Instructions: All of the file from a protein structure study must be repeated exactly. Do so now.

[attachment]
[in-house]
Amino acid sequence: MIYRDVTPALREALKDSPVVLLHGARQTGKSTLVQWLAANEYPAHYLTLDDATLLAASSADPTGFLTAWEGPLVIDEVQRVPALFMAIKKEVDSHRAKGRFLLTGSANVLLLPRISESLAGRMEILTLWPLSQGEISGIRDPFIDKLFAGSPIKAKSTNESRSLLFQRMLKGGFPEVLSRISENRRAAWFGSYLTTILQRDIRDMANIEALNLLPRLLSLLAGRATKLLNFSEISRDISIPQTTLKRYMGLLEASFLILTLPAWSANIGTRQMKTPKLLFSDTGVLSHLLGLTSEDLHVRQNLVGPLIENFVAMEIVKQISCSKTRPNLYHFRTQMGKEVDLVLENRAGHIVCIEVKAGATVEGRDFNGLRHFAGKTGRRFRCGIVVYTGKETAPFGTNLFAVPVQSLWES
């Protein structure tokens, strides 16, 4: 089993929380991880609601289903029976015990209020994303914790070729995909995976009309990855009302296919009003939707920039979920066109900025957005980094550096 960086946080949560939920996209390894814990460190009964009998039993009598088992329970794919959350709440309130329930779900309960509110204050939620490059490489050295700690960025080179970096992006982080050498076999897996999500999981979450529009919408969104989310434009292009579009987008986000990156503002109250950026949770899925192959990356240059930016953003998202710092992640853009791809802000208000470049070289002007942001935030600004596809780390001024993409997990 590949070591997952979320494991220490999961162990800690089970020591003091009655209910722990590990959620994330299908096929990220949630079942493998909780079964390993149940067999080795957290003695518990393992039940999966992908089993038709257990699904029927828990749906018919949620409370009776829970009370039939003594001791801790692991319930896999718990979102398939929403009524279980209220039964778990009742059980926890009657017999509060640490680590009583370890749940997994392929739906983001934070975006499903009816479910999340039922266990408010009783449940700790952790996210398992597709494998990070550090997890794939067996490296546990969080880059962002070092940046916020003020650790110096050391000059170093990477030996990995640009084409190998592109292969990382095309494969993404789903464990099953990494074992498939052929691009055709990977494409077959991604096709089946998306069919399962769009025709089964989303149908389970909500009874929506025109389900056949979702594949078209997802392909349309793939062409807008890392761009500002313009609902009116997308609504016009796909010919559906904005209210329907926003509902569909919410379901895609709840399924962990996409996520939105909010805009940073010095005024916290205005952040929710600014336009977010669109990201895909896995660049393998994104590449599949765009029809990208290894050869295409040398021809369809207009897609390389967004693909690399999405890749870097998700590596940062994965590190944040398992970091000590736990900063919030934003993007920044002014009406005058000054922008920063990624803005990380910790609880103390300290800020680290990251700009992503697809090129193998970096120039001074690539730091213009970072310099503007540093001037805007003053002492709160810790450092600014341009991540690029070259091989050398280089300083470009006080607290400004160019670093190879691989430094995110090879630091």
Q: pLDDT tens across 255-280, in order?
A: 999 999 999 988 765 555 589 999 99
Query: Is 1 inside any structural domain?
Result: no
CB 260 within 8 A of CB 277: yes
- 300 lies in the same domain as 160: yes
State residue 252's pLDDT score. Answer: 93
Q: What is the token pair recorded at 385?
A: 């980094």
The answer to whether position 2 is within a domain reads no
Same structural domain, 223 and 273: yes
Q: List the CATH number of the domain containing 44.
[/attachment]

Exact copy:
[in-house]
Amino acid sequence: MIYRDVTPALREALKDSPVVLLHGARQTGKSTLVQWLAANEYPAHYLTLDDATLLAASSADPTGFLTAWEGPLVIDEVQRVPALFMAIKKEVDSHRAKGRFLLTGSANVLLLPRISESLAGRMEILTLWPLSQGEISGIRDPFIDKLFAGSPIKAKSTNESRSLLFQRMLKGGFPEVLSRISENRRAAWFGSYLTTILQRDIRDMANIEALNLLPRLLSLLAGRATKLLNFSEISRDISIPQTTLKRYMGLLEASFLILTLPAWSANIGTRQMKTPKLLFSDTGVLSHLLGLTSEDLHVRQNLVGPLIENFVAMEIVKQISCSKTRPNLYHFRTQMGKEVDLVLENRAGHIVCIEVKAGATVEGRDFNGLRHFAGKTGRRFRCGIVVYTGKETAPFGTNLFAVPVQSLWES
């Protein structure tokens, strides 16, 4: 089993929380991880609601289903029976015990209020994303914790070729995909995976009309990855009302296919009003939707920039979920066109900025957005980094550096 960086946080949560939920996209390894814990460190009964009998039993009598088992329970794919959350709440309130329930779900309960509110204050939620490059490489050295700690960025080179970096992006982080050498076999897996999500999981979450529009919408969104989310434009292009579009987008986000990156503002109250950026949770899925192959990356240059930016953003998202710092992640853009791809802000208000470049070289002007942001935030600004596809780390001024993409997990 590949070591997952979320494991220490999961162990800690089970020591003091009655209910722990590990959620994330299908096929990220949630079942493998909780079964390993149940067999080795957290003695518990393992039940999966992908089993038709257990699904029927828990749906018919949620409370009776829970009370039939003594001791801790692991319930896999718990979102398939929403009524279980209220039964778990009742059980926890009657017999509060640490680590009583370890749940997994392929739906983001934070975006499903009816479910999340039922266990408010009783449940700790952790996210398992597709494998990070550090997890794939067996490296546990969080880059962002070092940046916020003020650790110096050391000059170093990477030996990995640009084409190998592109292969990382095309494969993404789903464990099953990494074992498939052929691009055709990977494409077959991604096709089946998306069919399962769009025709089964989303149908389970909500009874929506025109389900056949979702594949078209997802392909349309793939062409807008890392761009500002313009609902009116997308609504016009796909010919559906904005209210329907926003509902569909919410379901895609709840399924962990996409996520939105909010805009940073010095005024916290205005952040929710600014336009977010669109990201895909896995660049393998994104590449599949765009029809990208290894050869295409040398021809369809207009897609390389967004693909690399999405890749870097998700590596940062994965590190944040398992970091000590736990900063919030934003993007920044002014009406005058000054922008920063990624803005990380910790609880103390300290800020680290990251700009992503697809090129193998970096120039001074690539730091213009970072310099503007540093001037805007003053002492709160810790450092600014341009991540690029070259091989050398280089300083470009006080607290400004160019670093190879691989430094995110090879630091």
Q: pLDDT tens across 255-280, in order?
A: 999 999 999 988 765 555 589 999 99
Query: Is 1 inside any structural domain?
Result: no
CB 260 within 8 A of CB 277: yes
- 300 lies in the same domain as 160: yes
State residue 252's pLDDT score. Answer: 93
Q: What is the token pair recorded at 385?
A: 């980094």
The answer to whether position 2 is within a domain reads no
Same structural domain, 223 and 273: yes
Q: List the CATH number of the domain containing 44.